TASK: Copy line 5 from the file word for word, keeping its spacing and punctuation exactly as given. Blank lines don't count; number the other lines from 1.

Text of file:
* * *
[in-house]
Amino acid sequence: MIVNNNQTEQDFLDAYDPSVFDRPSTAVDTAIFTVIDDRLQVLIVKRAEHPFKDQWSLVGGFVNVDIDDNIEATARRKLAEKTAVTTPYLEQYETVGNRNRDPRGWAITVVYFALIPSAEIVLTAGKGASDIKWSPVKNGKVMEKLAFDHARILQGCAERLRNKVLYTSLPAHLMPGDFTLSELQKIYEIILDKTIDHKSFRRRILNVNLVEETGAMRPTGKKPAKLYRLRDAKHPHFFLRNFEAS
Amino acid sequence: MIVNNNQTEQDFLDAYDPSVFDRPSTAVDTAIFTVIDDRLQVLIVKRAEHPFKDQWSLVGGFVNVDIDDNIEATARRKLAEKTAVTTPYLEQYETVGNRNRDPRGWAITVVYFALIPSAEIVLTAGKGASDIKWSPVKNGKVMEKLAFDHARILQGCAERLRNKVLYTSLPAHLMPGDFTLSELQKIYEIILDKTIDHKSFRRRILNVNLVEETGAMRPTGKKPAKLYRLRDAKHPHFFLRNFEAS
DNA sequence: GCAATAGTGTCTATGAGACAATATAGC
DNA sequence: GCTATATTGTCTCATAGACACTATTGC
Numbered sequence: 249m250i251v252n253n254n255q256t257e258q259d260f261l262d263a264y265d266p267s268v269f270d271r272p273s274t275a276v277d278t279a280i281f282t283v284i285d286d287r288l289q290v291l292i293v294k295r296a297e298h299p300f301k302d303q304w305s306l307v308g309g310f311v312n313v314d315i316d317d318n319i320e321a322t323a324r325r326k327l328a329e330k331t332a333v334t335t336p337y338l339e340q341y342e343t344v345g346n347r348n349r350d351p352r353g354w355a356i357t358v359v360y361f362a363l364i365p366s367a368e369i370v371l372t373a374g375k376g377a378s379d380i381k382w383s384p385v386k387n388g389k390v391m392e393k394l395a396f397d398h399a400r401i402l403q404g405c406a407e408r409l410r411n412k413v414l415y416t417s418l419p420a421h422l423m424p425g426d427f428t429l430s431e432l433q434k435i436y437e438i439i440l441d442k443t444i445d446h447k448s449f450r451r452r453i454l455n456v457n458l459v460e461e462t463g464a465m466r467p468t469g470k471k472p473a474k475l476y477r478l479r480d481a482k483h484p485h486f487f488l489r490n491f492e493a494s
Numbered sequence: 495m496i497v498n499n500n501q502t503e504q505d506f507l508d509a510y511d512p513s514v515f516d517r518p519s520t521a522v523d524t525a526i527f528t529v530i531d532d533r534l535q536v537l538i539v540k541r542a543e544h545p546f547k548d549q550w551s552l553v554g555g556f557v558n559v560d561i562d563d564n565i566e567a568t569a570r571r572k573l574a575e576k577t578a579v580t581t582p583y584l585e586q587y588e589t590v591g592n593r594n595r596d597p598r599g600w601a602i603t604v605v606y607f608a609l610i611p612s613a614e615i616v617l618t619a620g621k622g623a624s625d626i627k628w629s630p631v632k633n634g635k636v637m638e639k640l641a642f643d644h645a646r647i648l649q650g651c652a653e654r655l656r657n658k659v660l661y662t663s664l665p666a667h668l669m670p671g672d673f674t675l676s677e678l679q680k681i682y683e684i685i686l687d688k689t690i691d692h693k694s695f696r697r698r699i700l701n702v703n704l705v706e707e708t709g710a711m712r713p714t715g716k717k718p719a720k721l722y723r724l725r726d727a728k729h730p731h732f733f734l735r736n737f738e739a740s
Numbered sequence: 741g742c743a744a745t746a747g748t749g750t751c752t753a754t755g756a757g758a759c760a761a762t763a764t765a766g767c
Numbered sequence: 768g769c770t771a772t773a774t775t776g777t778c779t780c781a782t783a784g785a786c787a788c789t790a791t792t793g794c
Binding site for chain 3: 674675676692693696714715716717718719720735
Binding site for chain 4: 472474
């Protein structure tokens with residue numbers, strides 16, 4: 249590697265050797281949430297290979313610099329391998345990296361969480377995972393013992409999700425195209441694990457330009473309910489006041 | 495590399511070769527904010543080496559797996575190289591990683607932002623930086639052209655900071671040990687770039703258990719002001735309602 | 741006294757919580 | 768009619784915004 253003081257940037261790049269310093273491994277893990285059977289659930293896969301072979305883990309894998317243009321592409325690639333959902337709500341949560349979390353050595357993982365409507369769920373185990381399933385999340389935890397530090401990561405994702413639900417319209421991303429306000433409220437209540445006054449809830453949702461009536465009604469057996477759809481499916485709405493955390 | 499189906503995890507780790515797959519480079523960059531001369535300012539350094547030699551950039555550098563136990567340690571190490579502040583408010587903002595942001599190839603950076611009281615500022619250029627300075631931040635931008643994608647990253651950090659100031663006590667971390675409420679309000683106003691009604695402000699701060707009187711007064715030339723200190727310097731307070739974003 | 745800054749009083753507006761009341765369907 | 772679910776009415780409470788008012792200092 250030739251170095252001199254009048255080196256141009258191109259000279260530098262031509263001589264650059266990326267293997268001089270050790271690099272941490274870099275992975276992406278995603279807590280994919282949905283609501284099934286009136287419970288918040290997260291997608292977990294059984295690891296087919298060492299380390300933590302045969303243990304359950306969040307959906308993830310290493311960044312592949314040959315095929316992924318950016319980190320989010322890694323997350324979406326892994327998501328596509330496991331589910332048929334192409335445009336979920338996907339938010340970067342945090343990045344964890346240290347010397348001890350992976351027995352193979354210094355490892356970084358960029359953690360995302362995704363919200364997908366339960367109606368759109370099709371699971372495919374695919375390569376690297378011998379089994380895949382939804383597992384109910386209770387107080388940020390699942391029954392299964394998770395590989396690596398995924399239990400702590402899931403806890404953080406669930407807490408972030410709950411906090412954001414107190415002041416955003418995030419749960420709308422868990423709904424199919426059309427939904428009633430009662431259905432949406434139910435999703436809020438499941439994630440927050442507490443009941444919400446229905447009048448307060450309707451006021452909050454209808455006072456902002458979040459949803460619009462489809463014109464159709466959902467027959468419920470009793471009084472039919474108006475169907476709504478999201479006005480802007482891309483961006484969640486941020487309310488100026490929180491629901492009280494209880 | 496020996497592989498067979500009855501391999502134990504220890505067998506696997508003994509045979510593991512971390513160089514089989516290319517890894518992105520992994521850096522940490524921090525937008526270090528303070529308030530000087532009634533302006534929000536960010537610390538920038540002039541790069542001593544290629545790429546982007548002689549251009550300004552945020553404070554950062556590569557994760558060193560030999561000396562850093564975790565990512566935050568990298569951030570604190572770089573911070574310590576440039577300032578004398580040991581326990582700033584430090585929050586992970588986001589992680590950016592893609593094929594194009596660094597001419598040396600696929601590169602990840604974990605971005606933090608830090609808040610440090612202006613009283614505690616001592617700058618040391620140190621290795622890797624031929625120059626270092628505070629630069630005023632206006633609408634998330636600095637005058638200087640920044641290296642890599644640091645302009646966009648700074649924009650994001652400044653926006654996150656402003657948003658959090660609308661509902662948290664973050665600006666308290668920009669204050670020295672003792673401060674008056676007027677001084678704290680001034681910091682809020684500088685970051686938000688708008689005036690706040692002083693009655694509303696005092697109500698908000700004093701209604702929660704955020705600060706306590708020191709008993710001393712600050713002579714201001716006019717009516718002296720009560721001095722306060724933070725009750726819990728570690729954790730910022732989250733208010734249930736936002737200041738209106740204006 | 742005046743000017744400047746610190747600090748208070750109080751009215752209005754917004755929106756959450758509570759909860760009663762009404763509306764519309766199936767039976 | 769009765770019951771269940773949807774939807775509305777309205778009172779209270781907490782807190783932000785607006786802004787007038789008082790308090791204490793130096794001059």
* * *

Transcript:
DNA sequence: GCTATATTGTCTCATAGACACTATTGC